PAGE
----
There’s a saying in the South that if it isn’t nailed down, we southerners will monogram it. I have my own saying. If it isn’t nailed down, I’m gonna plant something in it. My newest obsession is planting succulents in vintage coffee tins. And if you think about it, the tins are already monogrammed with the company’s label/artwork. Love, love, love.
Here’s one of my favorites—Summer Girl Coffee. How perfect is this? Technically I’m a “summer girl” born almost on the 4th of July. And I’m guzzling coffee while you read this.
Look at the history on this can. “Roasted and Packed by the H. D. Lee Mercantile Company”. H. D. Lee Mercantile was founded in 1889 in Salina, Kansas. This was the first company to manufacture overalls and the zipper fly jean. Today the company makes Lee Rider but no coffee to my knowledge.
Here’s my other favorite.
I chose this one mainly for the colors and the little old Aunt Bea looking lady on the front.
I found these two tins at Long Ago Antiques on Huntsville Road in Fayetteville (one of my favorite places to shop for antiques and vintage items). Similar tins are available on Ebay, often in a group of four or five. Prices vary so look around. Tip: look for ones without lids to save a few dollars.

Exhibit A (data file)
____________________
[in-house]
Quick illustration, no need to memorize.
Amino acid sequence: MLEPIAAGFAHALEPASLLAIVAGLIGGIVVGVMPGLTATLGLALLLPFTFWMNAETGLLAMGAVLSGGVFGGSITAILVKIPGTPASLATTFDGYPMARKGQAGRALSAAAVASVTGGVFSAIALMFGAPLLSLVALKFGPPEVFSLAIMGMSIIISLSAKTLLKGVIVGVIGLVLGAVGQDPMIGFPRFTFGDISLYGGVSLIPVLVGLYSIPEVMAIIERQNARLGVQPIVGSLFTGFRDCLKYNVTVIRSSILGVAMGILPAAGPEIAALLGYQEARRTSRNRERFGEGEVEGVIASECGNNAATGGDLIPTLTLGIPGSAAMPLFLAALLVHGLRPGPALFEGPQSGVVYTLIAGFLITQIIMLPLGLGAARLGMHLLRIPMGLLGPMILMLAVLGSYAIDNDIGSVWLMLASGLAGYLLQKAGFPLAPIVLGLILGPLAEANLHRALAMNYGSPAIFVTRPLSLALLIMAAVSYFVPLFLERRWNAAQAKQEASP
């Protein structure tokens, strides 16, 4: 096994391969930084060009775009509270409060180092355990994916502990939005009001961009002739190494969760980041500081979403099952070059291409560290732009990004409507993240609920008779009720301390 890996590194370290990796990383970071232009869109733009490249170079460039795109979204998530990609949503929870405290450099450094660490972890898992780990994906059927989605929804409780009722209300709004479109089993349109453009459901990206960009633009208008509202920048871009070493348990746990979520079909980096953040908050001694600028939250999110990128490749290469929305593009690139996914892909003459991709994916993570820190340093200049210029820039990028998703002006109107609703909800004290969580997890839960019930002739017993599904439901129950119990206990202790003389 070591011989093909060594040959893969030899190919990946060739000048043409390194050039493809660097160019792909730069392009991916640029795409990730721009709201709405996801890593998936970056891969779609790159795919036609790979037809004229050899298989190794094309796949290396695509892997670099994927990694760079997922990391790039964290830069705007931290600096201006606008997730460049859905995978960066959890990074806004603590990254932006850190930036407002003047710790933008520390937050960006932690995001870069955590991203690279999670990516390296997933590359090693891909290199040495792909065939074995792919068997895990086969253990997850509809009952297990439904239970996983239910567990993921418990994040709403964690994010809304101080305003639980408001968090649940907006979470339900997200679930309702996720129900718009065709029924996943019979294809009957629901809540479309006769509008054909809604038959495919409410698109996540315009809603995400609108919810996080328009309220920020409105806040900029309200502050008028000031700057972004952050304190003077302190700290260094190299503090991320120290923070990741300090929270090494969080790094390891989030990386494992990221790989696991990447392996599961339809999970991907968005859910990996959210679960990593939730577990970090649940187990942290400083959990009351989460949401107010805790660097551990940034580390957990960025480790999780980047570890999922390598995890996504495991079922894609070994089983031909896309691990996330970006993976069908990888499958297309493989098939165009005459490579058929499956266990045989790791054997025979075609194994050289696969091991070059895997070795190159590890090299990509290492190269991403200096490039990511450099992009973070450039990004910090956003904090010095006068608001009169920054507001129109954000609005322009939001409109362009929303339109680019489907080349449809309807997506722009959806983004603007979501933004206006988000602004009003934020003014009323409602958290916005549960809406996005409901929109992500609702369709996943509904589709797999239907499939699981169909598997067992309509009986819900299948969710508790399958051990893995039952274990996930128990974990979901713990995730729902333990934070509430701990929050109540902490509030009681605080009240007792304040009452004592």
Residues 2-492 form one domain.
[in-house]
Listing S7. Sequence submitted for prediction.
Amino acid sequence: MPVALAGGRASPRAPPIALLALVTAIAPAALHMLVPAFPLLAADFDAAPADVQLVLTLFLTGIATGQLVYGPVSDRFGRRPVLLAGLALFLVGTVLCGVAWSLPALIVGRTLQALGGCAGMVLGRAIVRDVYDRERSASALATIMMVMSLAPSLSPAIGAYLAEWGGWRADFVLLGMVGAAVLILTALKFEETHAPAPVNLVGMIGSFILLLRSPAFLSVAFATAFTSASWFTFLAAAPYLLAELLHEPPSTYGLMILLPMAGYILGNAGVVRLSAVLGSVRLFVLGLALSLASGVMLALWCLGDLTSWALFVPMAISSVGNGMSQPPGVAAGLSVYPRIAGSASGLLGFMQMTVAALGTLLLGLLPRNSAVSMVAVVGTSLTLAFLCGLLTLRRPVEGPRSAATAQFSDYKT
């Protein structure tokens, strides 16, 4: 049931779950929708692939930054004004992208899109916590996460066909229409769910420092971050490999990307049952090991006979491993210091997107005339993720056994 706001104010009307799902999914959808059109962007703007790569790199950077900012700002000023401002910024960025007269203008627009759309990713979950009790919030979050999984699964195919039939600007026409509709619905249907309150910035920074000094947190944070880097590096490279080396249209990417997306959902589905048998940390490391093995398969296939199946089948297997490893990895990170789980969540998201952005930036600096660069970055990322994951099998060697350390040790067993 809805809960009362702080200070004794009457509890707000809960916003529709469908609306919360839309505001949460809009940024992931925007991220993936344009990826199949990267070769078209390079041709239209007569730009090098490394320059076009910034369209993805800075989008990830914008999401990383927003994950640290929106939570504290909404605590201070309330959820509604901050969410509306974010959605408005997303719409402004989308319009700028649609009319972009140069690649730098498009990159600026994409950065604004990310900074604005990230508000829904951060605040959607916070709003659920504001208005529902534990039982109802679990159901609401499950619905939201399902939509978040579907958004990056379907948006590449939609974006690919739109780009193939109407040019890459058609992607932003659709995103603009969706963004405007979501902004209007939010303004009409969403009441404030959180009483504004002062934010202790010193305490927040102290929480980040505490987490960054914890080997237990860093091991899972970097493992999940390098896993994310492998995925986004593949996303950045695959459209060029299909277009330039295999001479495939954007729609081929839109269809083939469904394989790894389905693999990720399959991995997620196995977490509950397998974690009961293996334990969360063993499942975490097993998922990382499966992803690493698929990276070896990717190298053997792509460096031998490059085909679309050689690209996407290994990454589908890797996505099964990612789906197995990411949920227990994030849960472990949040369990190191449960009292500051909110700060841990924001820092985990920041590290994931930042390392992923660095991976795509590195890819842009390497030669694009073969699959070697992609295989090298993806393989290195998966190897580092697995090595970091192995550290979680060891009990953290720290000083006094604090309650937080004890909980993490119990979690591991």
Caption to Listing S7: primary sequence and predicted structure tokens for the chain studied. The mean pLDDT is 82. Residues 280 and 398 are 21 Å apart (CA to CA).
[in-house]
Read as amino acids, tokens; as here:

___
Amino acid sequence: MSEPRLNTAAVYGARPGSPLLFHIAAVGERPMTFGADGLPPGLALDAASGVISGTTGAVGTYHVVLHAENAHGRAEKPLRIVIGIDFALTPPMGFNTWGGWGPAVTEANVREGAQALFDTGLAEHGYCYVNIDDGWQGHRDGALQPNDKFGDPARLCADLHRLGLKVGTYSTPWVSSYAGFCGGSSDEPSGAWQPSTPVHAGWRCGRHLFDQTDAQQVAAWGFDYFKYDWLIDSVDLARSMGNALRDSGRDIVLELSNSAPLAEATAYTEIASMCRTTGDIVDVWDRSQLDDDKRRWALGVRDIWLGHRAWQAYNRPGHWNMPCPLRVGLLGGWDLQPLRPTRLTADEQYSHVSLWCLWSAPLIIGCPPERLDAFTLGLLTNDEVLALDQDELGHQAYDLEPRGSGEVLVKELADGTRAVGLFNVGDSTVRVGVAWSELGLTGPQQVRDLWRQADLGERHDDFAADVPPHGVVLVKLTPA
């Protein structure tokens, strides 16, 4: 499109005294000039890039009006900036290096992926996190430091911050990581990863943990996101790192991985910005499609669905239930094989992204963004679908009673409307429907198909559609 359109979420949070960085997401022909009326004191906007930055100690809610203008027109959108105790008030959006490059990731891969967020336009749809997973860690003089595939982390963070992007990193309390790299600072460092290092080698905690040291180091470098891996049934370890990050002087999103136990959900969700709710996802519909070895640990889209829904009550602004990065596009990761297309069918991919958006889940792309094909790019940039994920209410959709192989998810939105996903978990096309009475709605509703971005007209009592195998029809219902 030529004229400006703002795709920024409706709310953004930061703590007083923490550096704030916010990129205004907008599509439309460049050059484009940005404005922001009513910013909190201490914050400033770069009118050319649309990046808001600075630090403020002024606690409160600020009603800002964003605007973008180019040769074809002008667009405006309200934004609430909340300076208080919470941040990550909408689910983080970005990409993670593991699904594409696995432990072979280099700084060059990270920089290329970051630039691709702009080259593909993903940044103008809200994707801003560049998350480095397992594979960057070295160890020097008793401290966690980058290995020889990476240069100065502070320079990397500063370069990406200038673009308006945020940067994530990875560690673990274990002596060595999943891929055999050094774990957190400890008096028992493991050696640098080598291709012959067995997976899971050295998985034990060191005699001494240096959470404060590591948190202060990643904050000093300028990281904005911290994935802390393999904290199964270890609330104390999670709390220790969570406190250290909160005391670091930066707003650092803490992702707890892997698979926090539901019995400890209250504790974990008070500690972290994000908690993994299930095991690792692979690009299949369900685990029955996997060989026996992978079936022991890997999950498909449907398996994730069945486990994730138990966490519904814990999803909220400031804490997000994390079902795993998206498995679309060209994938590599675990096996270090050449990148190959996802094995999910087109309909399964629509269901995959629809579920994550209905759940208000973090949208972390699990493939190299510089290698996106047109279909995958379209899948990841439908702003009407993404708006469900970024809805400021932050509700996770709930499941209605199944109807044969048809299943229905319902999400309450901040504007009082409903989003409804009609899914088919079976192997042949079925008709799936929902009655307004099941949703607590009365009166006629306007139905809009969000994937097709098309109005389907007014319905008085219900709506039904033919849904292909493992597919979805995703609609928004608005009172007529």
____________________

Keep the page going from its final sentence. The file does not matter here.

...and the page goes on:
To preserve the value of vintage tins, I prefer not to drill drainage holes in the bottom, so I added a layer of charcoal in the bottom instead. (Buy the charcoal at your local nursery—it’s not lump charcoal used to grill.) Some of the old tins come with holes rusted in the bottom which solves the drainage issue. Succulents don’t need that much water, so I find they survive quite well with charcoal.
Top with pebbles or moss for aesthetic purposes. I think the rock highlights the plant better.
Voila! Perfect on the porch. I’m taking orders. Not really, but maybe.
Grace Grits and Gardening
Farm. Food. Garden. Life.
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